Wednesday, August 13, 2008

I wish they would stop writing like this

From IGN's review of Bionic Commando Rearmed:
Capcom is finally revisiting the classic with an updated version that takes everything that was good from the past, modernizes it, and then adds new layers of awesome.

Never mind that the sentiment is trite and juvenile. "Awesome" is an adjective. The noun form is "awesomeness." Is it too much to ask for professional writers to get basic grammar right?

16 comments:

John Harney said...

I think the use of the various conjugations of awesome is up to debate depending on personal style, but the rest of that sentence is classic IGN.

That is to say, crap.

Scott Gunsaullus said...

Adjectives can have layers. Take 'pointless', for example. Many, many layers.

Coleman said...

Looks like standard IGN. Their reviews are so mind-numbing, I can barely ever even finish reading one. This one was 2 pages and I got about halfway through the first. Ouch.

cpe said...

Poor grammar at IGN? No way. I refuse to believe it.

Ed Borden said...

I really have to disagree here. For example, it would be correct, IMO, to write: "IGN takes everything that is good from journalism and adds new layers of suck." See, suck as a noun. "Suckiness" would be so ... you know.

Steve gaynor said...

What exactly do professional writers have to do with IGN?

Daniel Purvis said...

"And it is the best downloadable game to date on XBLA and PSN."

Did they ever offer any qualification as to why IGN believe Bionic Commando is the best game available for Xbox LIVE Arcade and PSN?

I don't think they did unless you're supposed to count their closing comments:

"Bionic Commando Rearmed sets a new benchmark for downloadable console games. The best elements of the original are back, but have been upgraded to be better than before."

Are they trying to tell me that a great downloadable game must be an update to original?

I hate unsupported statements like that more than I hate bad grammer.

John Barleycorn said...

I like it better as is. First, it's a website. Second, it's how we speak; so why not put it to print?

Mitch Krpata said...

Reading this thread is like falling headfirst into an industrial-sized vat of burnsauce. I am cringing and chuckling in equal measure.

I've got to disagree with people who are defending the use of the adjective in that phrase, though. I could see an adjective fitting in that kind of construction in some cases, but not here. She's not saying what the layers are like, she's saying what they are. That calls for a noun. That calls for "awesomeness."

WorldMaker said...

Language changes with the cultural zeitgeist, Mitch, particularly slang... Awesome with no endings is now an adjective (it was awesome), adverb (it rode awesome), noun (it was the awesome), and more... If you don't like IGN's usage you should probably steer clear of forums and lolcats where you will see even crazier variants...

Mitch Krpata said...

WorldMaker, I don't dispute your point about the evolution of language, but surely the touchstones for professional game criticism aren't forums and lolcats.

WorldMaker said...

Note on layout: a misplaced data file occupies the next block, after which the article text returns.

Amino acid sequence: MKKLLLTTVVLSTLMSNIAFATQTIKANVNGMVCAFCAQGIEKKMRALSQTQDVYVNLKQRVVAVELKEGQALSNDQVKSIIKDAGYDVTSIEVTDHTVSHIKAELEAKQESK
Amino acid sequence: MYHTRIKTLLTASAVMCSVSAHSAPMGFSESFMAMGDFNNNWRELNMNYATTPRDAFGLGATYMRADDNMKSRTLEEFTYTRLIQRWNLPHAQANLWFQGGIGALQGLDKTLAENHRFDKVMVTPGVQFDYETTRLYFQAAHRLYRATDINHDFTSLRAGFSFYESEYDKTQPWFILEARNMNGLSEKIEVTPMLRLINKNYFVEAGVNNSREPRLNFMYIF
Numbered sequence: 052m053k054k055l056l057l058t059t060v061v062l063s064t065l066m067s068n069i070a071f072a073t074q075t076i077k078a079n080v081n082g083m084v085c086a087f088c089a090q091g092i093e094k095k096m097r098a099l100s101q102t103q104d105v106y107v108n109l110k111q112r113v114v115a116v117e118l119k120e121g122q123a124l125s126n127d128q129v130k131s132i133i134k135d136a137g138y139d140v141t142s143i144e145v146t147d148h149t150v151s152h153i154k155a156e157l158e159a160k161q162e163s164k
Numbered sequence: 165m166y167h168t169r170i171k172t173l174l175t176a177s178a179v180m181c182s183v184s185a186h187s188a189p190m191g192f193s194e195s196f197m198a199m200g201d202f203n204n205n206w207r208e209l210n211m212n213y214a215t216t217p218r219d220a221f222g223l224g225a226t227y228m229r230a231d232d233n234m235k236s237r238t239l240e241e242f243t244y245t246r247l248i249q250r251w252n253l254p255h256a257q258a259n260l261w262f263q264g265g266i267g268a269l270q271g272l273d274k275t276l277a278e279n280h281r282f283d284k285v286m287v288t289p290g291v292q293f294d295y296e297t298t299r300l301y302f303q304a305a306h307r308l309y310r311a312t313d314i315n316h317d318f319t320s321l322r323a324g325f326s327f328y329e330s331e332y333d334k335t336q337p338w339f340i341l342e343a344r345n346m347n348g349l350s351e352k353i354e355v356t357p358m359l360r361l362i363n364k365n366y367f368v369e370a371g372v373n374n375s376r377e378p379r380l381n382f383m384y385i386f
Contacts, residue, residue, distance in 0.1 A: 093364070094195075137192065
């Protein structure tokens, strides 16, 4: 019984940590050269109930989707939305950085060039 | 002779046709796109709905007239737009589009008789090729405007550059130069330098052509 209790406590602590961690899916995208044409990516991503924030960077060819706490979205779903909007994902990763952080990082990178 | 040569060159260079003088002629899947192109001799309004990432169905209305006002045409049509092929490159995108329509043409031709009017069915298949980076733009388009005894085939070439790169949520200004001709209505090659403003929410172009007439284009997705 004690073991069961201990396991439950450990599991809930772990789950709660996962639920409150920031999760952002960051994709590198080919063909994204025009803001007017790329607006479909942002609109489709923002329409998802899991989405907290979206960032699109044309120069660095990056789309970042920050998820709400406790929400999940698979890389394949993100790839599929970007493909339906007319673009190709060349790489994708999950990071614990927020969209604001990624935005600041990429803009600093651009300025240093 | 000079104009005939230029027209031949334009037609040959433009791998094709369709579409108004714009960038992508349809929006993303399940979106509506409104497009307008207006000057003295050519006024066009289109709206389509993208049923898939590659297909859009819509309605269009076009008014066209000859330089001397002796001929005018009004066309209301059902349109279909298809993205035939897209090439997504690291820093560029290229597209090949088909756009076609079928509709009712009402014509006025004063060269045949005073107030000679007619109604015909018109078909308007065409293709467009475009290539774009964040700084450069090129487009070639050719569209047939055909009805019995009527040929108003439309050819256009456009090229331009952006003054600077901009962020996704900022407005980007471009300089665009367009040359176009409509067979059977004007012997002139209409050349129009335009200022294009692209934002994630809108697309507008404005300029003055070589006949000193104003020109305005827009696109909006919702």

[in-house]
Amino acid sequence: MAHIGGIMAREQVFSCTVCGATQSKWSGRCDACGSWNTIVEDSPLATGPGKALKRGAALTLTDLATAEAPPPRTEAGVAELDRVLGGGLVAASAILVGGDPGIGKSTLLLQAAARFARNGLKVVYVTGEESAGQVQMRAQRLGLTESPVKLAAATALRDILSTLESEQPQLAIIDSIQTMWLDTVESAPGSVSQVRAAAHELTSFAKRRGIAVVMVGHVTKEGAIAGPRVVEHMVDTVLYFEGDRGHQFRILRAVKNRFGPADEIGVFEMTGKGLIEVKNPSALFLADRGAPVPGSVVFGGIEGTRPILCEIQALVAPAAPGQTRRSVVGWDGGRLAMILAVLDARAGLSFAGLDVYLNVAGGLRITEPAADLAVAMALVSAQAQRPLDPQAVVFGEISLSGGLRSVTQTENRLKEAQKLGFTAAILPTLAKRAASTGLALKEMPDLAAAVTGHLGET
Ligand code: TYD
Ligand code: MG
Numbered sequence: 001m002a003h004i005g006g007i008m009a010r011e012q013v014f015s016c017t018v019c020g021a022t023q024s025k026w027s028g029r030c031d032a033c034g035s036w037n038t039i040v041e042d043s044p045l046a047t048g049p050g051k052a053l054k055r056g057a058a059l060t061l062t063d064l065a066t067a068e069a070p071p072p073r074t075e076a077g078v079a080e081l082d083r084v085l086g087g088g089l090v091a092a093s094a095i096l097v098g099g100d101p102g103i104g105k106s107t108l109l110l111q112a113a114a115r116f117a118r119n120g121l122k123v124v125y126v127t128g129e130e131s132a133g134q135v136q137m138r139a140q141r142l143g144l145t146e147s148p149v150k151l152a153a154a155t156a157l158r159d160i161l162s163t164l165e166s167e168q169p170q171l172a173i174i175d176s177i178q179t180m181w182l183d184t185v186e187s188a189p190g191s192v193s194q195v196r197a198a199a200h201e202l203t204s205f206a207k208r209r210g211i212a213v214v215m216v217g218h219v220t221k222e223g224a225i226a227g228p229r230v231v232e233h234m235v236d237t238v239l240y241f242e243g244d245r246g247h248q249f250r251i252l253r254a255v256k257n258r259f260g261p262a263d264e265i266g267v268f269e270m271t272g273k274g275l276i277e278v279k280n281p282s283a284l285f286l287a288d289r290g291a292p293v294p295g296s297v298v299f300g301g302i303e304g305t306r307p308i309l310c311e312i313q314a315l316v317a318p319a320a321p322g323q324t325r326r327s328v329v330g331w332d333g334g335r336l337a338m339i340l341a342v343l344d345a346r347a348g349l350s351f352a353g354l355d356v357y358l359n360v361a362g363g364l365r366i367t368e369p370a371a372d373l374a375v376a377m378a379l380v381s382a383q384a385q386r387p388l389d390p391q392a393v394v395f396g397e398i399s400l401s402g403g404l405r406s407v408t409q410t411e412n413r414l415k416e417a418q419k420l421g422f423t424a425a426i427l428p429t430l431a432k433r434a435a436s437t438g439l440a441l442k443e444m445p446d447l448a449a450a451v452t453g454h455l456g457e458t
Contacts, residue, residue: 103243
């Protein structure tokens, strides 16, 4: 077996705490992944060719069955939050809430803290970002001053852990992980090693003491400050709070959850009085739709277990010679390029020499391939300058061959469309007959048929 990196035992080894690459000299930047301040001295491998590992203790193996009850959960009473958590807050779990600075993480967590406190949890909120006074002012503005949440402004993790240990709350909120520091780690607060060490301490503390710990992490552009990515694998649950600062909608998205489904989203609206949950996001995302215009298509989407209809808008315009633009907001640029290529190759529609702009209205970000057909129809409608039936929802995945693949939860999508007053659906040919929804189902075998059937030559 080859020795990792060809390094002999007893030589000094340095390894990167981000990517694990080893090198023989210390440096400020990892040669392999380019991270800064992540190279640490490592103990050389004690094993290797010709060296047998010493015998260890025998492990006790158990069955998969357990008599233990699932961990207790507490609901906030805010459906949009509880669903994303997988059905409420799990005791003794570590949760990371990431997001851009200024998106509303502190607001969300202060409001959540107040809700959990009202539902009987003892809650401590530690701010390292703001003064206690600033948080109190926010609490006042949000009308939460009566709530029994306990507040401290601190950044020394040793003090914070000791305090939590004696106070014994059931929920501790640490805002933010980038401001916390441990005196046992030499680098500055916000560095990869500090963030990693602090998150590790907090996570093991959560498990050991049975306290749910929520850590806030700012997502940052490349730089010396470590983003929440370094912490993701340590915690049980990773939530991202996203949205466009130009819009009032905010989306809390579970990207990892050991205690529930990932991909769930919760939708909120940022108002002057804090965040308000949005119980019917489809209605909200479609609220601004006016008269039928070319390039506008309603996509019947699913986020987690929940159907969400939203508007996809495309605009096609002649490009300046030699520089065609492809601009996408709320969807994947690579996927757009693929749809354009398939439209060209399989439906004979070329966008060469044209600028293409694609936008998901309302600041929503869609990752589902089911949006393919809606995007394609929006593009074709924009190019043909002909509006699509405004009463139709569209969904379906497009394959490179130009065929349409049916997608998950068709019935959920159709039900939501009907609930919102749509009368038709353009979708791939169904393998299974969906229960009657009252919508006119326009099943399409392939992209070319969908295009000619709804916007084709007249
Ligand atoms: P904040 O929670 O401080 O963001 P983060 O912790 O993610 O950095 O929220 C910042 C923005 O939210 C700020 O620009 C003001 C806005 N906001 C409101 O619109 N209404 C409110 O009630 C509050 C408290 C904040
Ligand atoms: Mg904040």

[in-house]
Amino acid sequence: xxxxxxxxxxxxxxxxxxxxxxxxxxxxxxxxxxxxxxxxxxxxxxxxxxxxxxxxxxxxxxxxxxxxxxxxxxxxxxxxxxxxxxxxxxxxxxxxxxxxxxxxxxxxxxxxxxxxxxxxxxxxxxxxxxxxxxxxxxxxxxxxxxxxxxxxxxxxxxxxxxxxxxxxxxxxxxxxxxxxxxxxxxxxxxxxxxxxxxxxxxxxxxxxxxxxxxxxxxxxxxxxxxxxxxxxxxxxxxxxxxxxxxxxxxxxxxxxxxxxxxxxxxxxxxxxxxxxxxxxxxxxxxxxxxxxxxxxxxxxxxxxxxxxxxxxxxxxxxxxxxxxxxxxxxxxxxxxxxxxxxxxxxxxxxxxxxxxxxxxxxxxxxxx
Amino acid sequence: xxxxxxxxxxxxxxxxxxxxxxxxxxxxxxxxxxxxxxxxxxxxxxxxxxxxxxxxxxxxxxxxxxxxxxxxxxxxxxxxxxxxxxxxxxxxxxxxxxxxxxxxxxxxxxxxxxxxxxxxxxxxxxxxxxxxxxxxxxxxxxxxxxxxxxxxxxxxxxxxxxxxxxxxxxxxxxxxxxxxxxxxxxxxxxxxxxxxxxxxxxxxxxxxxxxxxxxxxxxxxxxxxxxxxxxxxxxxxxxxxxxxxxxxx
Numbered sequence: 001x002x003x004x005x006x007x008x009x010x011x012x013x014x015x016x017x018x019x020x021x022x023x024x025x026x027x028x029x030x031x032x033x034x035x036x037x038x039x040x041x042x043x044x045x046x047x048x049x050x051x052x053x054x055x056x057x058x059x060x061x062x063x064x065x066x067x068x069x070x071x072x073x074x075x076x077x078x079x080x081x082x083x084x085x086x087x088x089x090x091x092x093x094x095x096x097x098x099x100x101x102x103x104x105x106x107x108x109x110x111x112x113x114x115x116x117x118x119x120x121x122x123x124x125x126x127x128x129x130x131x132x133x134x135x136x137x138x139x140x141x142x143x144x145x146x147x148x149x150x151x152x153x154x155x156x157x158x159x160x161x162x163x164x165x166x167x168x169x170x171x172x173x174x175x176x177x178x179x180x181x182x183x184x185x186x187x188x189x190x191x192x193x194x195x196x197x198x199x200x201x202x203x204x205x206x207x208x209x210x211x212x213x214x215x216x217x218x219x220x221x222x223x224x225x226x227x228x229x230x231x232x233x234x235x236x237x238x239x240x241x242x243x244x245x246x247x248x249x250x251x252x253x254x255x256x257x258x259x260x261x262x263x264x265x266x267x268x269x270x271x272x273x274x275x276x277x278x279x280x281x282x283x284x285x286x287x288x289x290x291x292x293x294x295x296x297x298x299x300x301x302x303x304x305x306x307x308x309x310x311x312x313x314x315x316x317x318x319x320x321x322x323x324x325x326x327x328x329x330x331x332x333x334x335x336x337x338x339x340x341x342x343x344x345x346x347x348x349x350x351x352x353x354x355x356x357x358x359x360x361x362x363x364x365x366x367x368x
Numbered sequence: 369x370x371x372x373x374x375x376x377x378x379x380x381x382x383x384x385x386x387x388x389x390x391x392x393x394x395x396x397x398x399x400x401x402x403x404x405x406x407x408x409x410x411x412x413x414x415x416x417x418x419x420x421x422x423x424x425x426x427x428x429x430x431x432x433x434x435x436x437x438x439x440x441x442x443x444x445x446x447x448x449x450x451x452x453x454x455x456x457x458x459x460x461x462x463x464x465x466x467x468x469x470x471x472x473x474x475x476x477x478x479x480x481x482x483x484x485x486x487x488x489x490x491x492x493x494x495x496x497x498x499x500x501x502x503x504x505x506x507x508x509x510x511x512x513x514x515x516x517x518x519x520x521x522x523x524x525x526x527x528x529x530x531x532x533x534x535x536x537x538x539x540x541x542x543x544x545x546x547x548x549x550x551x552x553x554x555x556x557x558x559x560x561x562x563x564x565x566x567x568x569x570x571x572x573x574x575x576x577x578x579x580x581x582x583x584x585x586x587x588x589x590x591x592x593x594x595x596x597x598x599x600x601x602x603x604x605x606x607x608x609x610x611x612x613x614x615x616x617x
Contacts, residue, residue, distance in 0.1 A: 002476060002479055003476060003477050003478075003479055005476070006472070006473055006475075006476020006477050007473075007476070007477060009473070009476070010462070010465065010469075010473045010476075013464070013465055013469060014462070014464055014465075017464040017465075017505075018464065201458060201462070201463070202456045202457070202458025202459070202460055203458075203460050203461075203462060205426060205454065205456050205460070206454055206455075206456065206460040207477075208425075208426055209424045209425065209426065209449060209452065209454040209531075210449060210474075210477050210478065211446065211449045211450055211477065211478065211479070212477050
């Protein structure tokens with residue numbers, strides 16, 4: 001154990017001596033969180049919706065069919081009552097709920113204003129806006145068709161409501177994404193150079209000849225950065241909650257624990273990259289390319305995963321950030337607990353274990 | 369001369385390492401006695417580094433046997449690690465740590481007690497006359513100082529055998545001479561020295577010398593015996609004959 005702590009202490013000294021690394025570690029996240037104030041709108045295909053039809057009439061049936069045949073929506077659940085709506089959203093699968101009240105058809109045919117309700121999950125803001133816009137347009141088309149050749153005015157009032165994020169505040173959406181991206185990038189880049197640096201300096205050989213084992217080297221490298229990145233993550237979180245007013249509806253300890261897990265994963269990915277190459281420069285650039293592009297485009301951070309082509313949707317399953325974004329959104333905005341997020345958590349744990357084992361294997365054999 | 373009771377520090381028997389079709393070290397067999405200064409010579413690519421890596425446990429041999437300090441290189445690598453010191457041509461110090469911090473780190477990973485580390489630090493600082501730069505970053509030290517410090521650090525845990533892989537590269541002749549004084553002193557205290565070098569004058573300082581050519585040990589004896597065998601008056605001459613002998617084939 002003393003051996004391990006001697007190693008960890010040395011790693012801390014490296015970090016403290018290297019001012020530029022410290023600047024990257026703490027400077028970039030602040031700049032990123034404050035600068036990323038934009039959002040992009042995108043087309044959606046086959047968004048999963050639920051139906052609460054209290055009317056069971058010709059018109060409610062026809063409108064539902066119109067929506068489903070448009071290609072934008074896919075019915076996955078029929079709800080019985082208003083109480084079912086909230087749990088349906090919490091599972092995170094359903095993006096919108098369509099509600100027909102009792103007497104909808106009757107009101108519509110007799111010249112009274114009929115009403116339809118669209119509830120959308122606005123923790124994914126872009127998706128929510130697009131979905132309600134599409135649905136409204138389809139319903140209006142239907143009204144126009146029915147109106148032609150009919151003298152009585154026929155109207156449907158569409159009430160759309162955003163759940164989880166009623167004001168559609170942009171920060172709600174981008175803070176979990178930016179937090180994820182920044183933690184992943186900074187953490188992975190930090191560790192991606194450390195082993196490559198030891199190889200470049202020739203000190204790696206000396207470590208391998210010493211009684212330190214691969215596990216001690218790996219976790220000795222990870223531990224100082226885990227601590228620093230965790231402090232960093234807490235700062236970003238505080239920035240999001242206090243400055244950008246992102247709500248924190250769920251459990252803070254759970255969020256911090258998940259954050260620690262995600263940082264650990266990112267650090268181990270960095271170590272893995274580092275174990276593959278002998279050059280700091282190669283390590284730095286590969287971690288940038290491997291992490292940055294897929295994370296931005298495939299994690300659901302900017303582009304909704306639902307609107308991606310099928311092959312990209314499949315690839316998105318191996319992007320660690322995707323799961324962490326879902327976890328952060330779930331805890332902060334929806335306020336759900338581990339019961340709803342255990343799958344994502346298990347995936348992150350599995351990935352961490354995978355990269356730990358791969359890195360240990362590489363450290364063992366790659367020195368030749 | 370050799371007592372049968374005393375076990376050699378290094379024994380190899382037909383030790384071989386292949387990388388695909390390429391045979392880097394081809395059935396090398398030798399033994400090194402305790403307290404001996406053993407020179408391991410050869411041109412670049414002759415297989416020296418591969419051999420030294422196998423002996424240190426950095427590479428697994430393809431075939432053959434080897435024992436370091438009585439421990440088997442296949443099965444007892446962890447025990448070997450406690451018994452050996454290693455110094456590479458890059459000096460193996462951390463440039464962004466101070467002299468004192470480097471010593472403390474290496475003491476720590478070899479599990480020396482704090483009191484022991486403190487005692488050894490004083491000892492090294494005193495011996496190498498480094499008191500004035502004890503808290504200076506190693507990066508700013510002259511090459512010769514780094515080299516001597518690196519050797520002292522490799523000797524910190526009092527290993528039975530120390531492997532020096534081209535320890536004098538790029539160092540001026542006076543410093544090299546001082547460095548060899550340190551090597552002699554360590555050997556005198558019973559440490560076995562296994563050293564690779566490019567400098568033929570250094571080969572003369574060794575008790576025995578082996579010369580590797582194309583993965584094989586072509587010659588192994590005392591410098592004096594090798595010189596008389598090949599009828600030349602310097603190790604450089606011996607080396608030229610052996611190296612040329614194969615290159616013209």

I'm not certain I would classify IGN reviews as "professional games criticism"... but even ignoring that we could probably debate prescriptivism versus describtivism all day long. Needless to say that I am heavily biased towards "Language is how you use it". The key is that the point comes across, both the semantic intent and the seemingly juvenile context.

I think there is more of an interesting debate in whether or not this was legitimate childish delight from the reviewer or an attempt to fake it. I wouldn't be surprised if it were some attempt at astroturfing...

Ben said...

Hi Mitch,

I came here from the link in your other post, so I will say I've read your follow up before reading this one. I still would have to disagree with picking on IGN's use of awesome in this instance. I understand your basis for saying that lolcats shouldn't form the basis for professional criticism. I also appreciate Ebert's point about how speaking to all is a form of dishonesty, but the nuance I take from Ebert's words is not to find fault in modifying your delivery for one audience, but to spread your aim too wide is to dilute the quality of your work. I do not see in Ebert's words a condemnation of seeking to speak in the language of a more singularly defined audience and that is what the average "what's the score" game review reader is seeking.

Now, I will say that I make no defense of the quality or content of IGN's review, but their word-choice is very on-target in this case. It reverberates with those whom they seek to speak and advertise to.

Mitch Krpata said...

The interesting thing I'm starting to take from these comments is that everyone agrees the review is bad, but opinions vary as to why. I'm not sure what conclusions to draw from that.

If it is astroturfing, as I understand the term, then that would be much, much worse, signalling contempt for the audience.

Ben said...

The IGN article feels fluffy to me. In fact, it specifically reminds me of a Nintendo Power article. Specifically of the kind written when Bionic Commando first appeared. Maybe this is just a fantastically clever ruse full of meta-commentary on the state of game journalism then and now.

I've changed my mind. This article's BRILLIANT!

dhalgren2882 said...

Unfortunately, I discovered this blog after I read the IGN review, so I wasted more money than I ever wanted to on Bionic Commando. I won't make that mistake again.